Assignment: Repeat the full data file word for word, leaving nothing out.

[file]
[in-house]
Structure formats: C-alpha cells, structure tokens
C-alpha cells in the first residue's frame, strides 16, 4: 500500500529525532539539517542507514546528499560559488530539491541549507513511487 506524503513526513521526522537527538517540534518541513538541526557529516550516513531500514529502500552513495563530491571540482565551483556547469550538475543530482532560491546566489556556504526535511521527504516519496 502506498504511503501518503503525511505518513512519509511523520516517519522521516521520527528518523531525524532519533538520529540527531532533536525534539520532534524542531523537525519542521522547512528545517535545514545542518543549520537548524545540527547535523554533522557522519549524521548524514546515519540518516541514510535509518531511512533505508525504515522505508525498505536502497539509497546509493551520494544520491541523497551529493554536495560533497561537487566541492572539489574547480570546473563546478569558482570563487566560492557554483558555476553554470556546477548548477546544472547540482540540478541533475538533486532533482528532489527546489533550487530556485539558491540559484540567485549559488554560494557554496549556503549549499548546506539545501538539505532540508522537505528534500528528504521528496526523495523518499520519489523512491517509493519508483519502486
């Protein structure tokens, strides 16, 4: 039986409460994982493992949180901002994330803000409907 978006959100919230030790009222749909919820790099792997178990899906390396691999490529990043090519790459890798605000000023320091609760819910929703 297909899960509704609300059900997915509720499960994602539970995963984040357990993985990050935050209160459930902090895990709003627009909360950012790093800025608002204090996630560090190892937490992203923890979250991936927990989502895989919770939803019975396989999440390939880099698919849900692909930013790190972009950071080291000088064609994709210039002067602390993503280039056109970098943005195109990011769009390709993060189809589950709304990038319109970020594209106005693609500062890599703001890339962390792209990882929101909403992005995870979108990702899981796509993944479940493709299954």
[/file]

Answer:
[in-house]
Structure formats: C-alpha cells, structure tokens
C-alpha cells in the first residue's frame, strides 16, 4: 500500500529525532539539517542507514546528499560559488530539491541549507513511487 506524503513526513521526522537527538517540534518541513538541526557529516550516513531500514529502500552513495563530491571540482565551483556547469550538475543530482532560491546566489556556504526535511521527504516519496 502506498504511503501518503503525511505518513512519509511523520516517519522521516521520527528518523531525524532519533538520529540527531532533536525534539520532534524542531523537525519542521522547512528545517535545514545542518543549520537548524545540527547535523554533522557522519549524521548524514546515519540518516541514510535509518531511512533505508525504515522505508525498505536502497539509497546509493551520494544520491541523497551529493554536495560533497561537487566541492572539489574547480570546473563546478569558482570563487566560492557554483558555476553554470556546477548548477546544472547540482540540478541533475538533486532533482528532489527546489533550487530556485539558491540559484540567485549559488554560494557554496549556503549549499548546506539545501538539505532540508522537505528534500528528504521528496526523495523518499520519489523512491517509493519508483519502486
């Protein structure tokens, strides 16, 4: 039986409460994982493992949180901002994330803000409907 978006959100919230030790009222749909919820790099792997178990899906390396691999490529990043090519790459890798605000000023320091609760819910929703 297909899960509704609300059900997915509720499960994602539970995963984040357990993985990050935050209160459930902090895990709003627009909360950012790093800025608002204090996630560090190892937490992203923890979250991936927990989502895989919770939803019975396989999440390939880099698919849900692909930013790190972009950071080291000088064609994709210039002067602390993503280039056109970098943005195109990011769009390709993060189809589950709304990038319109970020594209106005693609500062890599703001890339962390792209990882929101909403992005995870979108990702899981796509993944479940493709299954």